Although the bombing affected all age groups, it left an indelible mark on the lives of 800 children. The death of a parent brought trauma, and deprived them of vital support for their social, emotional and intellectual development. The story of seven-year-old Calvin Biko and five-year-old Michael Ngeto illustrates the dreadful situation in which children find themselves. Their mother died of disease in July last year and when their father, Elijah Ngeto, was killed in the bomb blast a month later, they found themselves alone in an unfriendly world. Left with few choices, they had to move from Nairobi, where they had lived since they were born, to stay with their uncle in western Kenya.

The immediate needs of these children are food, education, love and care. Says Anthony Gitahi, a Red Cross social worker: "Children like Calvin and Michael have been rendered extremely vulnerable by the bombing and, if they are not helped, will sink deeper into problems. Some may become completely disoriented, having to live in strange circumstances with people they may not have seen before."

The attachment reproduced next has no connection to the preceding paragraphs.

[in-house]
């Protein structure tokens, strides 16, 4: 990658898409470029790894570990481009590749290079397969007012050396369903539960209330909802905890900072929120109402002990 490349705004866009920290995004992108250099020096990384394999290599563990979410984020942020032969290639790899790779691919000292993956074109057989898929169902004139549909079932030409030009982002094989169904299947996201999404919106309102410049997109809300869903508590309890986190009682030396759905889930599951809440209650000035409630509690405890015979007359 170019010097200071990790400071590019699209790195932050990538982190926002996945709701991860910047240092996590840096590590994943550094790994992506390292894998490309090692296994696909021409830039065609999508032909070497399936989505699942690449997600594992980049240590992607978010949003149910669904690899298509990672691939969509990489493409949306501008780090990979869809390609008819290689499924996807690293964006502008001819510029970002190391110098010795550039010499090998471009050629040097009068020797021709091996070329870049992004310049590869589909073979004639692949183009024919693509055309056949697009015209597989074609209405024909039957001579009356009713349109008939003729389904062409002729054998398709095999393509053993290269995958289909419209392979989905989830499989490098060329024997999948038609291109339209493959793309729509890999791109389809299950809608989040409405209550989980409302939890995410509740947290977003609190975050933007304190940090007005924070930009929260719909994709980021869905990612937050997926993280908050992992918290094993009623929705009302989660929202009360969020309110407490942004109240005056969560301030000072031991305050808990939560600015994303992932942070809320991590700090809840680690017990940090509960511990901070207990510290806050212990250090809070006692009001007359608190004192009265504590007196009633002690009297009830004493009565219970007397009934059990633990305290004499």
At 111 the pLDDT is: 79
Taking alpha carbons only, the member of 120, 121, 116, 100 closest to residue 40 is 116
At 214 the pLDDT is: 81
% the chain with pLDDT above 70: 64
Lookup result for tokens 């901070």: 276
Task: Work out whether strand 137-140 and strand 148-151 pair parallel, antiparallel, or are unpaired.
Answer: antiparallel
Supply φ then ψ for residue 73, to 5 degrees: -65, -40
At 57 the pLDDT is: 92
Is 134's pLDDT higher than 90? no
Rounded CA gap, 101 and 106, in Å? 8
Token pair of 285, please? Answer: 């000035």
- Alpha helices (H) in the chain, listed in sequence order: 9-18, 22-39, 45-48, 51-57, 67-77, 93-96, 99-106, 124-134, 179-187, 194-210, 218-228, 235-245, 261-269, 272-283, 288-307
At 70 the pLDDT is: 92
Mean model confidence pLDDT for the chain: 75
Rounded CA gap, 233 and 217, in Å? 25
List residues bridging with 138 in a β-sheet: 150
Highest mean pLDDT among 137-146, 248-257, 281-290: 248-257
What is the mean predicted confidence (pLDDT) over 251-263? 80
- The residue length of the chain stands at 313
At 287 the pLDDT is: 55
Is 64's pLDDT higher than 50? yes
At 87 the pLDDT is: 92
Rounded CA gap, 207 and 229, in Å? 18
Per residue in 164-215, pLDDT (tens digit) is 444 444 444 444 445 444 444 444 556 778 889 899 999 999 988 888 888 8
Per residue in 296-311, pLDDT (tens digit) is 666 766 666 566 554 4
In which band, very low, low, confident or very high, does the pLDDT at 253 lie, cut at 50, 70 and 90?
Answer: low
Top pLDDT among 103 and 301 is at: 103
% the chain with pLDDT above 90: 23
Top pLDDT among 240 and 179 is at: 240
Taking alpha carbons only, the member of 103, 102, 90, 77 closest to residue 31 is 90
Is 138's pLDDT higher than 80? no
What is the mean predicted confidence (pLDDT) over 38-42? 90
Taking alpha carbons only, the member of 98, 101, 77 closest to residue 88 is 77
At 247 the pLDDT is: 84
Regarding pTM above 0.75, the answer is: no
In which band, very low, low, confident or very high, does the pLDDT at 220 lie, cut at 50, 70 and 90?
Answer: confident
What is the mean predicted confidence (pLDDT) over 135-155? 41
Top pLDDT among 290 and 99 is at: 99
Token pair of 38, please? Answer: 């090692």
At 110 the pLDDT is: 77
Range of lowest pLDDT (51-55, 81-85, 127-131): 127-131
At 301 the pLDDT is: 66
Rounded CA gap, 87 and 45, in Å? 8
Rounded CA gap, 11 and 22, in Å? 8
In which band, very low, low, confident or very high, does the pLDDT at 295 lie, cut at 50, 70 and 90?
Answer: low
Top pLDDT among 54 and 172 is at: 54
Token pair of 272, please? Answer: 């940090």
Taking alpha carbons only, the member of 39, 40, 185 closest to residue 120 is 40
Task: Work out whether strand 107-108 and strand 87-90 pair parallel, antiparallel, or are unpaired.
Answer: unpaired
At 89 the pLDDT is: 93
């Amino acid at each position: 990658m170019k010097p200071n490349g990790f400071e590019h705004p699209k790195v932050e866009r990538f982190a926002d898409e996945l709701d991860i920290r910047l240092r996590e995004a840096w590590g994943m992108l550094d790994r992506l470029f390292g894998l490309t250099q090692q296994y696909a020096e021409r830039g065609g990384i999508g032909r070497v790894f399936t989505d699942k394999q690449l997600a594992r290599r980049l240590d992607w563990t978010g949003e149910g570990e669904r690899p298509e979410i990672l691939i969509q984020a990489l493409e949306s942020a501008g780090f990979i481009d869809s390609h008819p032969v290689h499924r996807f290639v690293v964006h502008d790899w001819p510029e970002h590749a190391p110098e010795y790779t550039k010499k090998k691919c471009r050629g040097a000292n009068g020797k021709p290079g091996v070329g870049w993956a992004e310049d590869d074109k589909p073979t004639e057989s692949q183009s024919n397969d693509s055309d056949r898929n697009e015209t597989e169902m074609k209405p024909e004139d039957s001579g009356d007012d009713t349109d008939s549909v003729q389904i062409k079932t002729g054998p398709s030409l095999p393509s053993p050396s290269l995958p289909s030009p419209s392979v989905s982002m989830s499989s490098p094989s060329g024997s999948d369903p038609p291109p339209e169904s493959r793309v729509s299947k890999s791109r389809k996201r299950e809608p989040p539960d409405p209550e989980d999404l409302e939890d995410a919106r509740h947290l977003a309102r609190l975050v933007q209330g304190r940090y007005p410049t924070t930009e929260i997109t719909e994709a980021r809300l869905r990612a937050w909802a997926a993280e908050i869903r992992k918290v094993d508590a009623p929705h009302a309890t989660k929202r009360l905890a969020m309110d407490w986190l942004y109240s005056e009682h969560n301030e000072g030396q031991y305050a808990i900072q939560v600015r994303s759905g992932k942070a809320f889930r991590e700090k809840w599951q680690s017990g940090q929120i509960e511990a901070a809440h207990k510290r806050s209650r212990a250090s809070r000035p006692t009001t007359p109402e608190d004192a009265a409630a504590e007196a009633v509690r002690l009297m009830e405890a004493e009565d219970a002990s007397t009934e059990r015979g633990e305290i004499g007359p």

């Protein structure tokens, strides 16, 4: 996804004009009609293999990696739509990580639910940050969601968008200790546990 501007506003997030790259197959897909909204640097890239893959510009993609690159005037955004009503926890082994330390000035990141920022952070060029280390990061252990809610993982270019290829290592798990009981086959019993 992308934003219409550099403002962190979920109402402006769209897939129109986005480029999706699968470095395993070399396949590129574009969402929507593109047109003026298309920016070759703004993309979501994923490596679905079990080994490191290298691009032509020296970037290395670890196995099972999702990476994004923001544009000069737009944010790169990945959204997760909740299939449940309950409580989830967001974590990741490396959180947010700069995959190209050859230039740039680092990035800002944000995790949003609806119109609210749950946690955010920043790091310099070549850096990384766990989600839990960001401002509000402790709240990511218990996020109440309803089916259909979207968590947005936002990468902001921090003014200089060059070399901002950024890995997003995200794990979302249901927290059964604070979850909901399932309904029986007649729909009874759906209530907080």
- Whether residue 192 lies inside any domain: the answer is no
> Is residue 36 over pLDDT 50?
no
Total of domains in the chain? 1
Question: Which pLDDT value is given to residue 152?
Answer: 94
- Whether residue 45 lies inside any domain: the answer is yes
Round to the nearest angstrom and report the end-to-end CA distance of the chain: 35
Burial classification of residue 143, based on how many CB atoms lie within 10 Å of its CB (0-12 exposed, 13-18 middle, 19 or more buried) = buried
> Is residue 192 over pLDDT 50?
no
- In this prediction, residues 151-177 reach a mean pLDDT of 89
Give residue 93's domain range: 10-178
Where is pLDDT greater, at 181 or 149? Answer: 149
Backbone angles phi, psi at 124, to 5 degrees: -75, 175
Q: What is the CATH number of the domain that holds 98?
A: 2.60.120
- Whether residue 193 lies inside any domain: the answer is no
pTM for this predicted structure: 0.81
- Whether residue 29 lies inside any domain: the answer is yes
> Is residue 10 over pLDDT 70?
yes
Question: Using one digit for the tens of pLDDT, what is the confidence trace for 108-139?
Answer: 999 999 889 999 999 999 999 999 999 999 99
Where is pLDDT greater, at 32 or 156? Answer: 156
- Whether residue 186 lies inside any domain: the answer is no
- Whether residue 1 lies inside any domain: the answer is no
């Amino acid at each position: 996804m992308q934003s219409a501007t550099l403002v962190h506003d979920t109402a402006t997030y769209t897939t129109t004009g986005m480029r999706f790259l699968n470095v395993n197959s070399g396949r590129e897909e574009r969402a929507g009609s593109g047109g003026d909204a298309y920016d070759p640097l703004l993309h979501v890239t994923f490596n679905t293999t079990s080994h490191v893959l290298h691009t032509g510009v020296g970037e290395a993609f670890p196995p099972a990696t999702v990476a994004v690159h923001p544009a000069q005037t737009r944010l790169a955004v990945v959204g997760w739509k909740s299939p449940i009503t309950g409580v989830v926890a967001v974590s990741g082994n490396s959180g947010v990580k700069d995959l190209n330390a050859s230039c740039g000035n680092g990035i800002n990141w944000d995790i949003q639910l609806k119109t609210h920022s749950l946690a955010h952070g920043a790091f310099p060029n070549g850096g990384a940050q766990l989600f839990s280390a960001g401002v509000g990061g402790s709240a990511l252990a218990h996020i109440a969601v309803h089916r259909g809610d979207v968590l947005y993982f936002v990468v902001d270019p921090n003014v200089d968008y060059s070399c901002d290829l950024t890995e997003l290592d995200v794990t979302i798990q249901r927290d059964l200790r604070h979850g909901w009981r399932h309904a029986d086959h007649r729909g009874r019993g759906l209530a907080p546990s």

Picking up the pieces
Of all the problems facing the children, poverty is the harshest. The blast ruined careers and left many families without a livelihood. Languishing at home because their mother cannot pay school fees are Esther Kaswii's two children. Esther used to work in a city pub - where she earned the equivalent of US$54 a month - until her eyes were lacerated by flying glass in the bombing. Her sight seriously impaired, she subsequently lost her job.

Since she divorced her husband in 1997, she has been living with her parents in a slum village called Matopeni. She needs money for school fees. The US$ 28 she must pay per term for each of her children - Eugene (6) and Hedson (3) - may seem little by affluent standards but for Esther it is now a fortune. Her retired father cannot help. He has no source of income and the entire family relies on what her mother earns from selling vegetables and cereals outside their home. Red Cross food, she says, has kept the family going.
She is not without hope. A vocational training programme of the Kenya Society for the Blind, which is funded and supported by the Red Cross, is helping her acquire business skills. "It is like starting life all over again. I have to learn to adjust to my new condition," Esther says.